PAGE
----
Engine downsizing has been the subject of much discussion over the past decade or so, with truck automakers abandoning large-displacement V-8s in favor of V-6 engines. Ford is best known for this phenomenon, making waves in 2011 when it made the EcoBoost 3.5L twinturbocharged V-6 its top engine option, and then again in 2015 with a surprisingly small 2.7L EcoBoost V-6.
Now, Chevrolet will likely dominate the small-engine conversation with its latest announcement: a turbocharged 2.7L
I-4 that will be offered as the base engine for the ’19 Silverado LT and RST. This small engine will produce 310 hp at 5,600 rpm and 348 lb-ft of torque from 1,500 to 4,000 rpm on regular fuel, with the snail producing up to 22 psi of boost.
Those numbers compare well to the competition’s base engines, as well as the 4.3L V-6 that currently serves as the Silverado 1500’s entry-level mill. In the ’18 Silverado, the EcoTec V-6 makes
285 hp at 5,300 rpm, with 305 lb-ft making an appearance at 3,900 rpm. Ford’s naturally aspirated 3.3L V-6 makes 290 hp and 265 lb-ft, while Ram’s Pentastar 3.6L V-6 has 305 hp and 269 lb-ft.
Chevrolet claims the 2.7L I-4 was developed as a truck engine from the start, with key goals being efficient performance, a high specific-mass-to-power output, and leading low-speed torque and turbocharger response. In order to achieve these goals, engine designers incorporated a variety of technologies, including a tri-mode valvetrain: high-valve lift for maximum power, low-valve lift for low-demand cruising, and a no-lift profile that shuts down the second and third cylinders for improved fuel efficiency. This system, which is the first application of Chevy’s Active Fuel Management on a four-cylinder engine, retains the low-lift-valve profile for cylinders 1 and 4.
Furthermore, the 2.7L also includes a dual-volute, twin-scroll turbocharger to nearly eliminate lag. Twin-scroll technology separates the exhaust manifold into one section for the second and third cylinders and another section for the first and fourth. This helps ensure the turbo keeps spinning through two distinct exhaust pulses. However, unlike other twin-scroll turbos, the 2.7L engine’s snail also includes dual-volute technology, which keeps both exhaust pulses separate until they reach the turbine at two locations opposite one another. This helps the turbo respond almost immediately to each and every twitch of the loud pedal.
Chevrolet introduced us to the 2.7L turbo after allowing us to drive a current-generation ’18 truck with the 5.3L V-8 during a ride-and-handling course at the Milford Proving Ground. After familiarizing ourselves once again with the outgoing Silverado, we were given the keys to its replacement and told only that we were piloting a gasoline, non–V-8 engine. Immediately upon setting out, it was obvious we were driving something turbocharged, but only because we could hear a faint whistle emanating from the front end. Throttle response was excellent, with each press of the gas pedal resulting in a commensurate increase in speed. In fact, power delivery was so instantaneous that we were surprised to learn there wasn’t an electric motor adding a little extra torque. We were keenly surprised that the engine’s motivation was solely through a single turbo, as any lag was nearly imperceptible.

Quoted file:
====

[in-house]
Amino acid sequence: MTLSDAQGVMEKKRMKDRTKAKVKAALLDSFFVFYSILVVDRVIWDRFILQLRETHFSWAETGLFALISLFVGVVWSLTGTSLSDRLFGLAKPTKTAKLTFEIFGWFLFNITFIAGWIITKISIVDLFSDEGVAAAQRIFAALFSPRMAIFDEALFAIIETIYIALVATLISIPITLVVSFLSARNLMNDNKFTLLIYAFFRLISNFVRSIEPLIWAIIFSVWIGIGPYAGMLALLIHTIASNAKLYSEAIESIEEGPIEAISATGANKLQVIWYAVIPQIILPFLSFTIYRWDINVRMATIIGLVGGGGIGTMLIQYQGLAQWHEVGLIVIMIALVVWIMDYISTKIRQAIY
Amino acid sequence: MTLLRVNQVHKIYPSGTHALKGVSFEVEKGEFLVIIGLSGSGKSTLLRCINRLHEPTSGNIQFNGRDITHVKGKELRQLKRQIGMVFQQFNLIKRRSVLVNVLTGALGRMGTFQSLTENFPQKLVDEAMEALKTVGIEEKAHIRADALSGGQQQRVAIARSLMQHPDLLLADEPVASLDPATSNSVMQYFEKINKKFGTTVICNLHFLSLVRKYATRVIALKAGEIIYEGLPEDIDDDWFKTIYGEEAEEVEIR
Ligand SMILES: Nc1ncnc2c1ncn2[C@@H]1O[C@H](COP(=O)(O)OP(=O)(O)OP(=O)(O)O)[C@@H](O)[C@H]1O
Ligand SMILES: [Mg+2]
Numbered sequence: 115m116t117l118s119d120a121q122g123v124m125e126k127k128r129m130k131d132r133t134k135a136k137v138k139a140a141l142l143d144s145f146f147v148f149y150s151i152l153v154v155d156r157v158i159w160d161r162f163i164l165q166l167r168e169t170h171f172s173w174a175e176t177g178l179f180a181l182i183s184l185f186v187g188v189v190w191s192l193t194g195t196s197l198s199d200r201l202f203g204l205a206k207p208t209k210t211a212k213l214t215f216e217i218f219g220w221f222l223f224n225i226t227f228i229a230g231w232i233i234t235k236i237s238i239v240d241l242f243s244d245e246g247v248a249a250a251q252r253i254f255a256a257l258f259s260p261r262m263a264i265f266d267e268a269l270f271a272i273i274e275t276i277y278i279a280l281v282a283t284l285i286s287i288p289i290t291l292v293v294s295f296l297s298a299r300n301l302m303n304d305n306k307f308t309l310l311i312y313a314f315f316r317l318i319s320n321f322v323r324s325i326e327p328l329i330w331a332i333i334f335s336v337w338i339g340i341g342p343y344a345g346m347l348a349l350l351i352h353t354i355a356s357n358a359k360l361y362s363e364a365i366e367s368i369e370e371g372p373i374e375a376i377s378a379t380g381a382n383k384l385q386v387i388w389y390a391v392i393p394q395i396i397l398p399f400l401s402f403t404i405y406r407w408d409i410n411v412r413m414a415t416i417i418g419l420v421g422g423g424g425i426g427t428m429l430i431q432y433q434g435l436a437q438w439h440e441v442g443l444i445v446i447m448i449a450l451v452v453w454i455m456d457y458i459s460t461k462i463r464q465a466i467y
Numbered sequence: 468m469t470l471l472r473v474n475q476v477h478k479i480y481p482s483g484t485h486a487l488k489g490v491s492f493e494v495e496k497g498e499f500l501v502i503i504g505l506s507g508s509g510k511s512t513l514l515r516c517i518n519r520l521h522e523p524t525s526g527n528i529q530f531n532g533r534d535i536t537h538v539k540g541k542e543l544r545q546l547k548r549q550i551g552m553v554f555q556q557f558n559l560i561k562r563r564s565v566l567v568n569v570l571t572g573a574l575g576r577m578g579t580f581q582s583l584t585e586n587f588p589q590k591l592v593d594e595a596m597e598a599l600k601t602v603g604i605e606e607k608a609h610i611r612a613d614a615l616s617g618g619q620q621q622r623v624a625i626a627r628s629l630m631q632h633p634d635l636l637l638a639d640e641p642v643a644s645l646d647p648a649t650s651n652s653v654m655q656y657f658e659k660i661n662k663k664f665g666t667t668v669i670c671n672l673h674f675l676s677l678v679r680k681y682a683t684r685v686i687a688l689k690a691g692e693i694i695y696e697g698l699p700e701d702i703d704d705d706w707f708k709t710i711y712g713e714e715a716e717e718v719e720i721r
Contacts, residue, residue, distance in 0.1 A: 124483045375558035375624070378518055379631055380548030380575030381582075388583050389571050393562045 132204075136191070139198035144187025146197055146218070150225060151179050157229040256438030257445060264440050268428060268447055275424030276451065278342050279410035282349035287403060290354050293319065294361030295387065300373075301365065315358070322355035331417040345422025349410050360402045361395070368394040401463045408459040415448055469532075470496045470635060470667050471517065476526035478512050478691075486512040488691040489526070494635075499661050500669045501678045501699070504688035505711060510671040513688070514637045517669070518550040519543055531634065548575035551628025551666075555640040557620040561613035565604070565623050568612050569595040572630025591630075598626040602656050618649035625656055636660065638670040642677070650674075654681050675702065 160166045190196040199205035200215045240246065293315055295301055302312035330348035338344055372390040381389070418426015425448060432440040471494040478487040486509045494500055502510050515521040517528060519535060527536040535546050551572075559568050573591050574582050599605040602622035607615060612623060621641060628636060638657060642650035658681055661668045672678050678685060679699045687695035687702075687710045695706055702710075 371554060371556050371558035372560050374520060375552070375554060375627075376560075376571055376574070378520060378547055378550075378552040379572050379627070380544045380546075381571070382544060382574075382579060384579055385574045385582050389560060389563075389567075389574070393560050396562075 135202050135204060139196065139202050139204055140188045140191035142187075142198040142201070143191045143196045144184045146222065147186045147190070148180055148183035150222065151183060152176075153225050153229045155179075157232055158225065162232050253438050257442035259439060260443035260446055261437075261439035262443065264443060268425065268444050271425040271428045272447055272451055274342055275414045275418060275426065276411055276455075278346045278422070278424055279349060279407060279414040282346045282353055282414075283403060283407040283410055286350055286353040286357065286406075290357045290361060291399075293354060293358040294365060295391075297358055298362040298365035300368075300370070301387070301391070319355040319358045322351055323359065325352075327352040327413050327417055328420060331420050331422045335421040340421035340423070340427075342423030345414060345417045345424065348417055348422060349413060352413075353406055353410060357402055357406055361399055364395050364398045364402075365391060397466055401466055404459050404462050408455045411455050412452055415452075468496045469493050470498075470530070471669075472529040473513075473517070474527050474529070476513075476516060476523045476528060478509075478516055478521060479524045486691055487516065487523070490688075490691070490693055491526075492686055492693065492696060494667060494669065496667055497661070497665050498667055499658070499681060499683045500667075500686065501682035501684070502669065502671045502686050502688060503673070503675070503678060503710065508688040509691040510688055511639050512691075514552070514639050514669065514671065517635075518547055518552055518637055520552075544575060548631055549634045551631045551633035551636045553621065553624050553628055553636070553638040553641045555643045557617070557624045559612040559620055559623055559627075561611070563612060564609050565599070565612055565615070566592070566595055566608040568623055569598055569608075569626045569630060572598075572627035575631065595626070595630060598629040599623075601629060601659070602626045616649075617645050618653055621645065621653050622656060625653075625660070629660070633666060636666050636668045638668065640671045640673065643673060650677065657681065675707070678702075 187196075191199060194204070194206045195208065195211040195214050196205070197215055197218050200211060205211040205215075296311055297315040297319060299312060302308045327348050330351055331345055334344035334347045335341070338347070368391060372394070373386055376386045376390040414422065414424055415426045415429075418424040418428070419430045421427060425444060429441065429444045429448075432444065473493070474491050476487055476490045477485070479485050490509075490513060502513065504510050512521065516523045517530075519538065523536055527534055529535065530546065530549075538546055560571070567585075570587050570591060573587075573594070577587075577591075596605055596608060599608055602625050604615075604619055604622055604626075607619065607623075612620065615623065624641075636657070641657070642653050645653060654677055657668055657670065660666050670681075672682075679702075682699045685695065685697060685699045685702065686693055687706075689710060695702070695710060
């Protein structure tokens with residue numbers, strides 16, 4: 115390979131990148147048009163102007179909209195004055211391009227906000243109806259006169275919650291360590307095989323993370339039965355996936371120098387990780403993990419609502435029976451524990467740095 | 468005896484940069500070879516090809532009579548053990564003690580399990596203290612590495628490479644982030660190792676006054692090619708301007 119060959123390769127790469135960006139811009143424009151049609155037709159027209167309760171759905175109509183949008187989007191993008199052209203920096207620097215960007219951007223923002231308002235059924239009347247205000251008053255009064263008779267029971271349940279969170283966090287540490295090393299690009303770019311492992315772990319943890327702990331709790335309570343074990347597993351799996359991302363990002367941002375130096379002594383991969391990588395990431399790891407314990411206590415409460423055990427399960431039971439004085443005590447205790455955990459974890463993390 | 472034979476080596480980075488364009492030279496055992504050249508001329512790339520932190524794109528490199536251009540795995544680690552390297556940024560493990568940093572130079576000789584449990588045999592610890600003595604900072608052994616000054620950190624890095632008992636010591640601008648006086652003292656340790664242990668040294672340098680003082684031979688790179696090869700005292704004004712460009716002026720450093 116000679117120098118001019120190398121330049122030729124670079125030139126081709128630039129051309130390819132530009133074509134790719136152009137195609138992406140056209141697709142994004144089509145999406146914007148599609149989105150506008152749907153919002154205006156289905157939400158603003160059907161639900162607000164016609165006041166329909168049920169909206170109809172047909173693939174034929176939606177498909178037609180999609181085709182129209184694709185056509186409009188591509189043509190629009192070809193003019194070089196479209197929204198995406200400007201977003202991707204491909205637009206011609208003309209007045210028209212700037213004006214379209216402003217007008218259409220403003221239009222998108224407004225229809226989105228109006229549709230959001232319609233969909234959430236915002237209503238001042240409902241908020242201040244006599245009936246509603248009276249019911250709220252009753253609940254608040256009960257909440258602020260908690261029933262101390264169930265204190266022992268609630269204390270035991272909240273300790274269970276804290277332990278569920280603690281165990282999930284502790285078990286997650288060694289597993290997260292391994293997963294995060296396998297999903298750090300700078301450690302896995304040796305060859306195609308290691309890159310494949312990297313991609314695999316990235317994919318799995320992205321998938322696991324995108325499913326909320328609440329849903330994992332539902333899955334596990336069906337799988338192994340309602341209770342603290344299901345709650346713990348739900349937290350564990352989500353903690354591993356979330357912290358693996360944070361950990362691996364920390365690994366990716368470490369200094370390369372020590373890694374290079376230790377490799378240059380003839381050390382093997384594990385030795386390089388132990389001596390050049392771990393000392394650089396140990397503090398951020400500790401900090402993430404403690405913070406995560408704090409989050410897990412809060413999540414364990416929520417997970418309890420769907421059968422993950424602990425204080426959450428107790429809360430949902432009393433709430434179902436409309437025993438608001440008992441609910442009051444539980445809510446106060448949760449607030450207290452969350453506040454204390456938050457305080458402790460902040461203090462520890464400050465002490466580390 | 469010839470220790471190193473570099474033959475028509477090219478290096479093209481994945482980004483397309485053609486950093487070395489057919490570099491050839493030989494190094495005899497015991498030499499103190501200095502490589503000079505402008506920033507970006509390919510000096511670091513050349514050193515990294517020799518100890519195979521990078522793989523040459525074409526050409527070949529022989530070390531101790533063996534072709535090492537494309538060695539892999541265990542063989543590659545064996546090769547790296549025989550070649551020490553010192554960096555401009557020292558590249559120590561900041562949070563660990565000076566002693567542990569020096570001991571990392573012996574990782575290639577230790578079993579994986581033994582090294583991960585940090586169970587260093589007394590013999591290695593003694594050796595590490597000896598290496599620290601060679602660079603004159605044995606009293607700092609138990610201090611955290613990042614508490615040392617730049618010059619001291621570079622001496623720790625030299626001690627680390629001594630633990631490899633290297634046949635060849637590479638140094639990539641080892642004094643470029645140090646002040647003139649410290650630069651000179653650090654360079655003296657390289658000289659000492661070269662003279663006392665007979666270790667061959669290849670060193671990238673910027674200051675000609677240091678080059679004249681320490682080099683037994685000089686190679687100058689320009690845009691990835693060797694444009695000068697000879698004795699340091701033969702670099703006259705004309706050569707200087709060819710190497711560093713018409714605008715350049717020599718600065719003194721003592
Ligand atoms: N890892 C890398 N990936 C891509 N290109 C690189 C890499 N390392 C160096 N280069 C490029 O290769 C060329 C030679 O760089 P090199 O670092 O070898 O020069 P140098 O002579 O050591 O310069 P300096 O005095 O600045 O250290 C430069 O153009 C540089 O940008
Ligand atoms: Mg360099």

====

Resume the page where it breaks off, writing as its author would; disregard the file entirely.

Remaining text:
Furthermore, driving the ’18 and ’19 Silverado 1500 back to back showed just how much the new truck has improved over its predecessor. Impact harshness while maneuvering GM’s deliberately harsh proving ground pavement is reduced, and the ride is much smoother. Driving through curves with midcorner washboard, wheel control is much improved with less skittering on the front wheels. And interior quietness, long a hallmark of GM’s fullsize trucks, is as good or better than the previous machine.
Of course, we have a few gripes that persist from when we saw the debut of the ’19 Silverado 1500 at the 2018 North American International Auto Show. Interior styling is already dated, with the instrument panel and center stack looking too much like they do in the outgoing model. And while almost everyone likes the truck’s wider, squarer stance, its modern exterior design is still polarizing—for the record, this writer loves it, particularly in RST and Trail Boss trims.
We’re also eyeing the turbocharged 2.7L I-4 with some skepticism, as Ford’s similarly sized EcoBoost V-6 drives well unloaded but can sometimes feel a bit winded when saddled with a trailer or a full bed. The 2.7L turbo’s payload, towing capacity, and fuel economy numbers are still to come, but the engine’s Assistant Chief Engineer Craig Marriot says we won’t be disappointed with the compact engine’s performance in the real world. And our experience with the truck on a closed course cast no aspersions as to the truck’s usability as a daily driver, family hauler, and weekend errand machine.
Ten years ago, if someone told us a four-cylinder engine could haul around a well-equipped ½-ton pickup, we’d have laughed in their face (or at least politely suppressed a guffaw). But our brief time proved a turbocharged 2.7L I-4 can indeed pull around the ’19 Silverado 1500 not just adequately, but eagerly. We can’t wait to put Chevrolet’s new I-4 through its paces in other situations, but our first impression of the engine is very, very good.